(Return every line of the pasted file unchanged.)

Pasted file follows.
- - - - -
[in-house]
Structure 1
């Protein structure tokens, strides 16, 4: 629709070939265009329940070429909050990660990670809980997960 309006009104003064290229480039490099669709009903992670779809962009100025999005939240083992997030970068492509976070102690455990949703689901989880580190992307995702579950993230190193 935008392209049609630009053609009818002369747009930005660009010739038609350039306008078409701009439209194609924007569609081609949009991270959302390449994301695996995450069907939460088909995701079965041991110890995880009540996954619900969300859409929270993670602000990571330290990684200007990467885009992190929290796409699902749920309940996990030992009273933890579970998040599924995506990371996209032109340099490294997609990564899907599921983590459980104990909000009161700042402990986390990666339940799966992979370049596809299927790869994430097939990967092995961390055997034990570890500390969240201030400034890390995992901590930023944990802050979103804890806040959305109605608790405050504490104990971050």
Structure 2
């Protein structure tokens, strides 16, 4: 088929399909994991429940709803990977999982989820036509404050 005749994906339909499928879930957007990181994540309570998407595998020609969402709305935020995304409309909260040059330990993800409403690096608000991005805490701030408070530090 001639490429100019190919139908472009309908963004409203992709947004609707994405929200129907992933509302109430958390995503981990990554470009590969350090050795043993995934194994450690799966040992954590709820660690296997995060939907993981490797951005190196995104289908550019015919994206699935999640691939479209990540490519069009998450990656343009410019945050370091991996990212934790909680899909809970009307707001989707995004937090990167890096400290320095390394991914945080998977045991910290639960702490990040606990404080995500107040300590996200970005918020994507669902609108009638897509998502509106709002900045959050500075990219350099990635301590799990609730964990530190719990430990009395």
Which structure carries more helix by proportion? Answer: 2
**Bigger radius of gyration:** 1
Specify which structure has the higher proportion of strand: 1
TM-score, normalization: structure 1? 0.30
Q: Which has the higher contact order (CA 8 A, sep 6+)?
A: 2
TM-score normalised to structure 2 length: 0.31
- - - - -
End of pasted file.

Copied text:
[in-house]
Structure 1
């Protein structure tokens, strides 16, 4: 629709070939265009329940070429909050990660990670809980997960 309006009104003064290229480039490099669709009903992670779809962009100025999005939240083992997030970068492509976070102690455990949703689901989880580190992307995702579950993230190193 935008392209049609630009053609009818002369747009930005660009010739038609350039306008078409701009439209194609924007569609081609949009991270959302390449994301695996995450069907939460088909995701079965041991110890995880009540996954619900969300859409929270993670602000990571330290990684200007990467885009992190929290796409699902749920309940996990030992009273933890579970998040599924995506990371996209032109340099490294997609990564899907599921983590459980104990909000009161700042402990986390990666339940799966992979370049596809299927790869994430097939990967092995961390055997034990570890500390969240201030400034890390995992901590930023944990802050979103804890806040959305109605608790405050504490104990971050």
Structure 2
């Protein structure tokens, strides 16, 4: 088929399909994991429940709803990977999982989820036509404050 005749994906339909499928879930957007990181994540309570998407595998020609969402709305935020995304409309909260040059330990993800409403690096608000991005805490701030408070530090 001639490429100019190919139908472009309908963004409203992709947004609707994405929200129907992933509302109430958390995503981990990554470009590969350090050795043993995934194994450690799966040992954590709820660690296997995060939907993981490797951005190196995104289908550019015919994206699935999640691939479209990540490519069009998450990656343009410019945050370091991996990212934790909680899909809970009307707001989707995004937090990167890096400290320095390394991914945080998977045991910290639960702490990040606990404080995500107040300590996200970005918020994507669902609108009638897509998502509106709002900045959050500075990219350099990635301590799990609730964990530190719990430990009395």
Which structure carries more helix by proportion? Answer: 2
**Bigger radius of gyration:** 1
Specify which structure has the higher proportion of strand: 1
TM-score, normalization: structure 1? 0.30
Q: Which has the higher contact order (CA 8 A, sep 6+)?
A: 2
TM-score normalised to structure 2 length: 0.31